Review

Recent studies on mutanome-specific anti-tumor immunity

The systematic study of the mutanome has only just begun. Importantly, it appears that different cancer types and histologies harbor different numbers of mutations. Those with high numbers of mutation include cutaneous melanoma, smoking-induced lung cancer, and colon cancer, in particular hypermutators [9, 14]. This is likely related to the high exposure of the respective cells of origin to mutagenic and inflammatory stimuli: UV light, cigarette smoke and food-contained mutagenic and inflammatory compounds. It is interesting that melanoma and lung cancer both respond particularly well to PD-1 immunotherapy, possibly implying that m-peptides are particularly involved in the therapeutic T cell response to this therapy [15, 16].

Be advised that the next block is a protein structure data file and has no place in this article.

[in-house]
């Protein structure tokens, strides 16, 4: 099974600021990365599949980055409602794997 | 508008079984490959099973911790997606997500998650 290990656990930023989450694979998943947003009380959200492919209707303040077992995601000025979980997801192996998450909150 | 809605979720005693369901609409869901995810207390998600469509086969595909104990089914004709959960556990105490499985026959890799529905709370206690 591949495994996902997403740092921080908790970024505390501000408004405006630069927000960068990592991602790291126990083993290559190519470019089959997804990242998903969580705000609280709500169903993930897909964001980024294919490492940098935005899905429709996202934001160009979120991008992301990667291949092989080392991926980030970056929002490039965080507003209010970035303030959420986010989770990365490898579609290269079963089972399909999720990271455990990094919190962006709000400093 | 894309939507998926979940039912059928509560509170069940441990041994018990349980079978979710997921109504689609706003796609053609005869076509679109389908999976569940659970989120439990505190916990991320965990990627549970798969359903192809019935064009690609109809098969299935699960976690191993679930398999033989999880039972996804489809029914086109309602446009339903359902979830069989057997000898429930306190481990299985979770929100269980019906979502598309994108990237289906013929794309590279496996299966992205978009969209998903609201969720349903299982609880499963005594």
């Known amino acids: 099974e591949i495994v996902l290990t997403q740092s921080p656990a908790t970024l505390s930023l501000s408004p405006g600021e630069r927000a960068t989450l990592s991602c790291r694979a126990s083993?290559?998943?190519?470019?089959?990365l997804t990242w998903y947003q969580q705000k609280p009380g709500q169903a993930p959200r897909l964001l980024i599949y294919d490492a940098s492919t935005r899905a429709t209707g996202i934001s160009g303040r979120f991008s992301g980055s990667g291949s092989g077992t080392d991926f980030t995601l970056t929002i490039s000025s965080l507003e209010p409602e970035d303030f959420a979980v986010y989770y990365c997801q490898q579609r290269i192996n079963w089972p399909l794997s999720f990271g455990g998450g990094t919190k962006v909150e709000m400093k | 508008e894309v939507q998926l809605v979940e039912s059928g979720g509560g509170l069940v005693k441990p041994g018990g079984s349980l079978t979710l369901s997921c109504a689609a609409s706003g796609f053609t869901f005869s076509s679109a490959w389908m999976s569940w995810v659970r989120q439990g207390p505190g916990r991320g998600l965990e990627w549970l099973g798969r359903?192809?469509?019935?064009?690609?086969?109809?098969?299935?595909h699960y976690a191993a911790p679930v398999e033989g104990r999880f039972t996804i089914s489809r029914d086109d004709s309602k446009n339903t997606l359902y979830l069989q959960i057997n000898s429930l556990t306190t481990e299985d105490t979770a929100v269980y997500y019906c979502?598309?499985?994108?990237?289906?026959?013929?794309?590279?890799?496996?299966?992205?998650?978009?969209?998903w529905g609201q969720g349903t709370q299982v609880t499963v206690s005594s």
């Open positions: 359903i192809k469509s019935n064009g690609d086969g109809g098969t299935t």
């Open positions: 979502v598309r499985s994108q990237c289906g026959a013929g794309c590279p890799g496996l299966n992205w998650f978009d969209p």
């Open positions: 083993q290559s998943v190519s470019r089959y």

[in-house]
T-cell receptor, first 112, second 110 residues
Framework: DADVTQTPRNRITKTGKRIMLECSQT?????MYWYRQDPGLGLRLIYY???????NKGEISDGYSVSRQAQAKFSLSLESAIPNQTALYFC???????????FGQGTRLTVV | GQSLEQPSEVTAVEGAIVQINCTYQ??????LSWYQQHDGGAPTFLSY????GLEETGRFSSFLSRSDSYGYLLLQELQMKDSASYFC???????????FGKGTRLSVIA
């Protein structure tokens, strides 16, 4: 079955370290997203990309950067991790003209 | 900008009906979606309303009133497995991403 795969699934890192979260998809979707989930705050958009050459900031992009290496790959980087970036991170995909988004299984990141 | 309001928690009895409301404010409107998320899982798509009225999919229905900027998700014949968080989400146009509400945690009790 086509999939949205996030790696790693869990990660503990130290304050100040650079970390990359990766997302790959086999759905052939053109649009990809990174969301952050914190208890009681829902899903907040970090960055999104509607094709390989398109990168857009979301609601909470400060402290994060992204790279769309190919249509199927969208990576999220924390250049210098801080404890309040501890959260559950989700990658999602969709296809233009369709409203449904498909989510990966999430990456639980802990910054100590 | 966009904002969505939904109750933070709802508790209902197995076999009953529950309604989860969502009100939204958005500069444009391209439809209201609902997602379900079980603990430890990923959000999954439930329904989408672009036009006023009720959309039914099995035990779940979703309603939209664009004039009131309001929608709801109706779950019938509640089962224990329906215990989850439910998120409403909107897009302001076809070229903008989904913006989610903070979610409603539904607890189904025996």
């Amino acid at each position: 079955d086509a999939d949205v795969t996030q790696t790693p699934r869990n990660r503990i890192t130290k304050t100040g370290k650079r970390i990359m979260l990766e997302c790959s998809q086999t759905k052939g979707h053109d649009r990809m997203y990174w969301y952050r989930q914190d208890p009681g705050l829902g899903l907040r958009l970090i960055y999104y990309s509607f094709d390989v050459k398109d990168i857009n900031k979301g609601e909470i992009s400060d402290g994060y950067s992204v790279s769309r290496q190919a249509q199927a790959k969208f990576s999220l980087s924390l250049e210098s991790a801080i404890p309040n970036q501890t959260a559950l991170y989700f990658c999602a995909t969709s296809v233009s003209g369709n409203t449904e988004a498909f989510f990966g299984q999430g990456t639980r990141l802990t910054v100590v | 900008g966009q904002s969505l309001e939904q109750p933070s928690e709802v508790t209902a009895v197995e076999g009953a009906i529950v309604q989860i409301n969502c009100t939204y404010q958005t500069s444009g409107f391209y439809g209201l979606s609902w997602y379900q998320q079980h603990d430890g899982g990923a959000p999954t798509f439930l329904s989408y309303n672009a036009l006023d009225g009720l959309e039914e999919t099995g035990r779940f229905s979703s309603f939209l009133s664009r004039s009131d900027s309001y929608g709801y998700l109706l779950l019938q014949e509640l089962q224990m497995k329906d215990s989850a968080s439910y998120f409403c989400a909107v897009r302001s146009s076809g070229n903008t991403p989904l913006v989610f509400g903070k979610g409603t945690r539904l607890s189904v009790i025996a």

In mice, methylcholanthrene-induced sarcomas likewise harbor a large number of mutations, and a subset of these tumors are particularly immunogenic: they will grow in immunodeficient but not in immunocompetent mice. Matsushita et al. analyzed the mutanome of one such immunogenic tumor by exome sequencing and MHC binding algorithms and identified a point mutation in the spectrin-β2 gene that resulted in an m-peptide with greatly increased MHC Class I binding. This peptide proved to be a dominant tumor antigen that caused the complete, spontaneous, CD8+ T cell-mediated regression of this tumor in immunocompetent mice [14]. Using a similar approach, Castle et al. analyzed the mutanome of the widely used B16 melanoma cell line and tested 50 MHC-binding m-peptides, 16 of which were immunogenic and 11 of which preferentially recognized the mutant peptide over the wild-type counterpart. Importantly, they showed that vaccination with 2 of those suppressed the growth suppression of established B16 melanomas [17]. Robbins et al. similarly studied melanomas from 3 patients who responded to therapy with ex-vivo expanded autologous tumor-infiltrating lymphocytes (TIL), and identified a total of 7 unique m-peptides that appeared to be processed and presented by autologous tumor cells and were recognized by the autologous TIL [11].